Friday, May 11, 2007

Comparing XML in a JUnit test

Today I tried to compare 2 XML documents in a JUnit test. One was created with Altova's MapForce, the other was the result of a new XmlBeans document (BTW, both are nice products). Notice that these XML documents use a slightly different notation for the main namespace:

Document one:

<?xml version="1.0" encoding="UTF-8"?> <Message xmlns="" xmlns:xsi="" xsi:schemaLocation="C:/longpath/a10.xsd"> <MessageHeader>....

Document two:

<?xml version="1.0" encoding="UTF-8"?> <a:Message xmlns:a=""> <a:MessageHeader>....

Here is what I tried:

1. org.w3c.dom.Document.equals. Well, that goes nowhere.

2. org.dom4j.Document.equals. Same.

3. XMLUtil's XMLAssert.assertXMLEqual. Bummer, works alright, but it says that Message and a:Message are different and they are not (they're in the same namespace!).

4. Juxy's XMLComparator.assertXMLEquals. No go, same result.

5. I took a short look at the site of XSLTunit. It says that XSLTunit is a proof of concept. Furthermore, this one is also targetted at XSLT testing. So I decided to skip it.

6. Reading a bit closer I noticed that XMLUtil 1.0 released in April 2003 (wow, that's old), has a followup: XMLUtil 1.1beta1 released in April 2007 (wow, that's new). The website says they fixed the namespace thing! Unfortunately they didn't (yet, I hope).

7. The final solution: with some String.replaces, I just removed the namespace stuff and the schema location from the documents. XMLUtil 1.0 now works nicely with very good diff messages.

Update 2007-05-24 I was quite wrong. XmlUnit does notice the differences in namespace usage (and puts a message in the exception), but it does not fail until it sees a real difference. The real difference turned out to be whitespace. By adding the code added below, the differences disappear.

XMLUnit.setControlParser("org.apache.xerces.jaxp.DocumentBuilderFactoryImpl"); XMLUnit.setTestParser("org.apache.xerces.jaxp.DocumentBuilderFactoryImpl"); XMLUnit.setSAXParserFactory("org.apache.xerces.jaxp.SAXParserFactoryImpl"); XMLUnit.setTransformerFactory("org.apache.xalan.processor.TransformerFactoryImpl"); XMLUnit.setIgnoreWhitespace(true);


  1. I once used this xsl:

    to get rid of the namespaces. I think it would result in slightly neater code.

  2. XMLUnit 1.1 fixed namespace support in XPath queries, but didn't change the comparison logic.

    I would have expected that you'd get a NAMESPACE_PREFIX_ID difference (see user's guide) which should be recoverable so that assertXMLEquals would pass while assertXMLIdentical would fail. What kind of Difference do you get instead?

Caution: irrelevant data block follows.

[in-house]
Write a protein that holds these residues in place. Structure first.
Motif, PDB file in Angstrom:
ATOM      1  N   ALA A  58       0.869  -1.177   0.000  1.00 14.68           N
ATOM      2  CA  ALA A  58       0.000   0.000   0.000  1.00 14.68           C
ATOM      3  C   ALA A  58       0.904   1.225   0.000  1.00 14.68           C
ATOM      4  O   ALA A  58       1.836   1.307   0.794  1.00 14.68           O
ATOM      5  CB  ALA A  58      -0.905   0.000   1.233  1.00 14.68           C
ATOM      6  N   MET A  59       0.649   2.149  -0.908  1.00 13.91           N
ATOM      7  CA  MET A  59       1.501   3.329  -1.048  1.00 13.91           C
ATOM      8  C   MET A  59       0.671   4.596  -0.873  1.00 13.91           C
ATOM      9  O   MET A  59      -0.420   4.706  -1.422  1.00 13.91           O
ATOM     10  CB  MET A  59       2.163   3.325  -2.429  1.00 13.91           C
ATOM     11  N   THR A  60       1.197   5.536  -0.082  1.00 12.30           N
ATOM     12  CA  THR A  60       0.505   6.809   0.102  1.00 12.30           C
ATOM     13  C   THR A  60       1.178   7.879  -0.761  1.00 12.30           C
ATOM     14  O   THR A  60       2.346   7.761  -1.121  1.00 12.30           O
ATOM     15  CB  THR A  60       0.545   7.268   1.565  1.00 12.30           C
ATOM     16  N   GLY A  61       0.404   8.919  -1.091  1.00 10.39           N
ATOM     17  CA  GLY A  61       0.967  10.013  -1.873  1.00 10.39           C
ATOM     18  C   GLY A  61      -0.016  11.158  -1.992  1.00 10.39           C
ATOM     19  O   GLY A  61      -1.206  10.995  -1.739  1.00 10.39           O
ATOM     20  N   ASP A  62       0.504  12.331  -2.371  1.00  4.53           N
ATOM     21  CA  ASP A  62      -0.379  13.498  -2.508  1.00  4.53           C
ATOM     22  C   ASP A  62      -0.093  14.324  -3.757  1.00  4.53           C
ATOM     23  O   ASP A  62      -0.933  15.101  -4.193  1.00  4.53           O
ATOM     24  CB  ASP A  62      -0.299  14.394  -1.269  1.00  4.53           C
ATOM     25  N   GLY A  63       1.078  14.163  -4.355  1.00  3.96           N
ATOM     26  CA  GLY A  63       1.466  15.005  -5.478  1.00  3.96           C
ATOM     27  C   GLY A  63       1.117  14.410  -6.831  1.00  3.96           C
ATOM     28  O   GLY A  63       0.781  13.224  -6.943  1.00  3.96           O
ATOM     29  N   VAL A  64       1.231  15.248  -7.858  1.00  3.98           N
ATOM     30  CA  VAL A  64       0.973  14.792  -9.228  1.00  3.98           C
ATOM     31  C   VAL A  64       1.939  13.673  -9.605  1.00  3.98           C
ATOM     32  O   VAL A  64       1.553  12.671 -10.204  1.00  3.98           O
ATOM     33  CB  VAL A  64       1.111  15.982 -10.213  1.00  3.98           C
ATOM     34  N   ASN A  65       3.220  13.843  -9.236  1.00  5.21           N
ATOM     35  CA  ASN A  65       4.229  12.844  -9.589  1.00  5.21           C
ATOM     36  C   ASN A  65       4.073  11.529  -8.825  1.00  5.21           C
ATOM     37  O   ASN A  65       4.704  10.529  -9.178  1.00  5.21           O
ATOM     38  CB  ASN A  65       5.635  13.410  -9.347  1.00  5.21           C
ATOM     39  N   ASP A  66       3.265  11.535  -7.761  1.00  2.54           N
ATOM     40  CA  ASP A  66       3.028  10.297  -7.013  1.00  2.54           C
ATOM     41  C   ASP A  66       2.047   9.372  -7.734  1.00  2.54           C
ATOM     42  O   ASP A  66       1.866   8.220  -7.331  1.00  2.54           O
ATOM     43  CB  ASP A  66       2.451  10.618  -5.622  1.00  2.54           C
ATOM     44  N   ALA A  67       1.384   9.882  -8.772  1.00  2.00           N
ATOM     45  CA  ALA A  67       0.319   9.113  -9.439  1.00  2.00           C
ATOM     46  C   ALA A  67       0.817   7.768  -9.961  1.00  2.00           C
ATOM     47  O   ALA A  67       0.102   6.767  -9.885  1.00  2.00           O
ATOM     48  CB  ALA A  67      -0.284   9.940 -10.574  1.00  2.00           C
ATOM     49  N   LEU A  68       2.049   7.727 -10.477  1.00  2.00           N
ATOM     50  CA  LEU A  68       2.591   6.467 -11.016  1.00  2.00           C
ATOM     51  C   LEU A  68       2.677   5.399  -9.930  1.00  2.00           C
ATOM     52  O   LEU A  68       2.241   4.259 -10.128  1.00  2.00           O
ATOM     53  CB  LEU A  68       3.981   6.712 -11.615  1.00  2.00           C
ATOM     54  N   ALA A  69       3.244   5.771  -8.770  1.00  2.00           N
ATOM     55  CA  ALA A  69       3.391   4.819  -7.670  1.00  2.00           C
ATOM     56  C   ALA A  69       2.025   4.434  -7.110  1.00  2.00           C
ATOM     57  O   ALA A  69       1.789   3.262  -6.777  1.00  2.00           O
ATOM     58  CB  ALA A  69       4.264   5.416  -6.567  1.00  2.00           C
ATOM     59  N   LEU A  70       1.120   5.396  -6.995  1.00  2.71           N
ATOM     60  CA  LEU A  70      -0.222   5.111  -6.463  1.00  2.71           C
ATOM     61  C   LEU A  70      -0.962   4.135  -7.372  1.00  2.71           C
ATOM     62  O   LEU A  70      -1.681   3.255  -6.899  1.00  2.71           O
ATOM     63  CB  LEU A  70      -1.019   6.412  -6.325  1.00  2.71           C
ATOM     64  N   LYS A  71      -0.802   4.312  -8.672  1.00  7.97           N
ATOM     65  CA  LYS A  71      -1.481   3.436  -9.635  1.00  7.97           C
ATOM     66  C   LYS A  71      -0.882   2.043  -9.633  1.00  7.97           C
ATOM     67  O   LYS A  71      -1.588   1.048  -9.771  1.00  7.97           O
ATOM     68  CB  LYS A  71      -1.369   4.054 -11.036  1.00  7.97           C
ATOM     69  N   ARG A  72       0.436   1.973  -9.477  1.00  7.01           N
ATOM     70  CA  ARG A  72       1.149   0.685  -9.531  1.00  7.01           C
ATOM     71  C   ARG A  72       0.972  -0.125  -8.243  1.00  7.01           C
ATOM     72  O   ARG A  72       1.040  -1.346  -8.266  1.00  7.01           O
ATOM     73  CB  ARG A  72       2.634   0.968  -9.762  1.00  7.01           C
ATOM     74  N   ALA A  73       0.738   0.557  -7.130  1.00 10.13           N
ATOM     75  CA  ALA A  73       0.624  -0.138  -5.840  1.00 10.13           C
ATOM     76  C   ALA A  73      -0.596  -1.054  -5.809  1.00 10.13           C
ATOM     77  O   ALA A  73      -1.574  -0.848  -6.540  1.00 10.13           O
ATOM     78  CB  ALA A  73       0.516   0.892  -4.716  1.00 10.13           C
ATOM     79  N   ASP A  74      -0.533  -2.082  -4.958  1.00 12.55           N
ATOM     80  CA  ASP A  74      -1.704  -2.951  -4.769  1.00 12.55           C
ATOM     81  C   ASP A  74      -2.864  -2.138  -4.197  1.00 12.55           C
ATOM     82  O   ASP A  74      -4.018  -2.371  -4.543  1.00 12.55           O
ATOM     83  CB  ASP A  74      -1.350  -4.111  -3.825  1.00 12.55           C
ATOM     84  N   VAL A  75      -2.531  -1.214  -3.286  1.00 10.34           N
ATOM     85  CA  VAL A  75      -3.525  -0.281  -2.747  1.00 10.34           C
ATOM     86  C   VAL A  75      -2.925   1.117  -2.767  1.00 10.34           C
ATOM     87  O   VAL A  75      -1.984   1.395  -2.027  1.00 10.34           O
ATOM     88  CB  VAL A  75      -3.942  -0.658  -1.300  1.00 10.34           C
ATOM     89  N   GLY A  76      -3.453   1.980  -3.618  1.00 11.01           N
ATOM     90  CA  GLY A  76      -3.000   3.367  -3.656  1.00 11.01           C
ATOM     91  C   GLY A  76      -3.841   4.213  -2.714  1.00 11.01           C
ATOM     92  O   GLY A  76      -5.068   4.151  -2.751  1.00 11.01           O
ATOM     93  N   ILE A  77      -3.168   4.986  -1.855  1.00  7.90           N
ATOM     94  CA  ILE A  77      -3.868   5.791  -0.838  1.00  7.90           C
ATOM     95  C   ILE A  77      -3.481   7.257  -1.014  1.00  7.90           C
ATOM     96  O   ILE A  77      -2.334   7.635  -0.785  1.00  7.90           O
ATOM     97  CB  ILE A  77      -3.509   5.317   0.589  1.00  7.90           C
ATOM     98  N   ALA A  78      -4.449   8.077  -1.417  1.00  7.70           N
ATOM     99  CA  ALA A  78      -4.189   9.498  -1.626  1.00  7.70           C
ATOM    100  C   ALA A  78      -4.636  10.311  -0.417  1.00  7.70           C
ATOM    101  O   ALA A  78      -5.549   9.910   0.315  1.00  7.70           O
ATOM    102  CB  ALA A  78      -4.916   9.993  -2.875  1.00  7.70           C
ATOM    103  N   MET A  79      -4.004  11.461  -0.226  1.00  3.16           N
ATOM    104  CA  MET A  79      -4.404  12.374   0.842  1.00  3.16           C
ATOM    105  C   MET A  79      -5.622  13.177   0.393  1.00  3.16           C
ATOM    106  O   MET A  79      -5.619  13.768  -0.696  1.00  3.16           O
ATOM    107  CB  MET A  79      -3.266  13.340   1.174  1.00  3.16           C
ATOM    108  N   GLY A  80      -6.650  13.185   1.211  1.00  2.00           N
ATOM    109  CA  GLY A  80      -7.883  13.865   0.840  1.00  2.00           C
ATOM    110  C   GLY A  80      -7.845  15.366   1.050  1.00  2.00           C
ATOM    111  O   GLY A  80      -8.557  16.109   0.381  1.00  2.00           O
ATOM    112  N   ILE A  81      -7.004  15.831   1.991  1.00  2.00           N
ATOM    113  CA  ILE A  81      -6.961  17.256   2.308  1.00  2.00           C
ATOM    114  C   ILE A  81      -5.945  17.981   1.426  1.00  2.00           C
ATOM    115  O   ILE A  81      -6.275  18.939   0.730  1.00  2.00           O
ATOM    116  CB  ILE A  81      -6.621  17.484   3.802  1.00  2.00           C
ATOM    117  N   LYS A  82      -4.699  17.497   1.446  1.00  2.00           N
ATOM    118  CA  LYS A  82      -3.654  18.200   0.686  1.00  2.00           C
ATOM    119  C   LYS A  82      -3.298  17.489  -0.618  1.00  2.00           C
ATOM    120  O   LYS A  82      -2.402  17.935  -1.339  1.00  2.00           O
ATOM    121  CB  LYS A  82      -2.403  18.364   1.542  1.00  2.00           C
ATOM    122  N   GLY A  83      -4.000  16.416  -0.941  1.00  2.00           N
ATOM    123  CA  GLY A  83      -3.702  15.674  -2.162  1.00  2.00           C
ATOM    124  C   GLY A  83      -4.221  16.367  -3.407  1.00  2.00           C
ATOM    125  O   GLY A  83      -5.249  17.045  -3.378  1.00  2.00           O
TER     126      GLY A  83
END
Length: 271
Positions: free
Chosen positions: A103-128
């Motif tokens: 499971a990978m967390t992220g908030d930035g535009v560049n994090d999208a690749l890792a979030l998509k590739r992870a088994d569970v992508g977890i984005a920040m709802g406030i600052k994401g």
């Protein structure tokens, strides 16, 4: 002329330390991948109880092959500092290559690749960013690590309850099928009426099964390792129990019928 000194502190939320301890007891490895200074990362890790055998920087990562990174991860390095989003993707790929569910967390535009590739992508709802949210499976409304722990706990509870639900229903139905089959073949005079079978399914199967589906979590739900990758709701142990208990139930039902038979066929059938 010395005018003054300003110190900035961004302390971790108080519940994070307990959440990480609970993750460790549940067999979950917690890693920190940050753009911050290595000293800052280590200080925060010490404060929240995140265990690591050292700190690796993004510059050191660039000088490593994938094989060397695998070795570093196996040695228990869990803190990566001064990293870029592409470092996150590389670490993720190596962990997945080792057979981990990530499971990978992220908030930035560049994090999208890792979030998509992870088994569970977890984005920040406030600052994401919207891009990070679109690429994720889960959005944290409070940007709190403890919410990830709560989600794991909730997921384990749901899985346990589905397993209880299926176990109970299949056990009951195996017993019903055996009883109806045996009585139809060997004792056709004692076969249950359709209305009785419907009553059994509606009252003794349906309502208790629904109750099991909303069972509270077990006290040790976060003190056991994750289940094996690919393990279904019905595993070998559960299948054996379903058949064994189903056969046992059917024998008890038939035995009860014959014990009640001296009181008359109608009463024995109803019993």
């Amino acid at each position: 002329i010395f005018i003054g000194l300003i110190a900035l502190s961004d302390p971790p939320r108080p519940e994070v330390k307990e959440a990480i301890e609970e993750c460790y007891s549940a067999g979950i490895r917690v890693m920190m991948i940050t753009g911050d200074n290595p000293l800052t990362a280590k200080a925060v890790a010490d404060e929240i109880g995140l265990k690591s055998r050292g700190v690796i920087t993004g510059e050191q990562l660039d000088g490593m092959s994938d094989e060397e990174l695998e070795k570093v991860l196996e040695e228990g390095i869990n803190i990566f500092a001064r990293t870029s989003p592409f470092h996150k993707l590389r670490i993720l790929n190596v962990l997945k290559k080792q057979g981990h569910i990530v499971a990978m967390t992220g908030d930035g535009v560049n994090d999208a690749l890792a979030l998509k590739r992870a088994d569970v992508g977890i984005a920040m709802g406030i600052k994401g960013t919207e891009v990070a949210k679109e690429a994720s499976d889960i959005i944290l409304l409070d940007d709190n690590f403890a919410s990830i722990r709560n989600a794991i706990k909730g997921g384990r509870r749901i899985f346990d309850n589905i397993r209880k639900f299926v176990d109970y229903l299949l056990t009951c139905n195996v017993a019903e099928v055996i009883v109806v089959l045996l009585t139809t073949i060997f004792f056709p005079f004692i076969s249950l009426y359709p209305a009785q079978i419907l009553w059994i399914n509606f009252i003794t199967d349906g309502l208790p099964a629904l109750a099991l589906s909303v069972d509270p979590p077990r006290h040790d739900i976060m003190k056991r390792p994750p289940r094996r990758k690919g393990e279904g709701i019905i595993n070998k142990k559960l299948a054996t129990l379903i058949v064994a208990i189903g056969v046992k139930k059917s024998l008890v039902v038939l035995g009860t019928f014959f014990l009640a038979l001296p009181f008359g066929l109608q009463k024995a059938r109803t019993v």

If you open a bug report with XMLUnit, I'll take care of it before the XMLUnit 1.1 final, promised 8-)

  3. @Stefan, very nice of you to drop by!

    I did try to write a diffengine for another problem (comparing dates in a different format), but I was already spending way too much time on the problem. So I dropped it all and went for the String substitutions.

    Your javadoc is quite good, but I did not look there as I did not know where to look.

    I used assertXmlEquals, but it failed on the prefix. It said something like 'element n:E does not match element E'. Do you need a precise error message?

  4. Hi Erik,

    I turned your example into a Unit Test and it turns out that the schemaLocation attribute is the problem. If you remove that, XMLUnit will call the two pieces similar.

    XMLUnit is still deeply rooted in DTD land in many places. In this case I consider adding a new type of recoverable difference for schemaLocation specifically (just like there is one for the SYSTEM id of a DOCTYPE declaration already) which would make your documents similar.

  5. Stefan, perhaps your xmlunit is already a bit further then the beta release? If I remove the schema locations, I get the same error as reported above.

    BTW is there a more suitable place to keep this discussion going? An e-mail list?

  6. XMLUnit's mailing list is at sourceforge, holds the subscription link (it's the general list).

    I don't think svn trunk (which I'm working from) has any changes that apply to your case, maybe my test is too simple since I only had the very first elements of your XML files.

  7. Even though this post is very old, it helped me a lot.
    Looks like XMLUnit 2.x is very alive and Kicking.


  8. Even though this post is very old, it helped me a lot.
    Looks like XMLUnit 2.x is very alive and Kicking.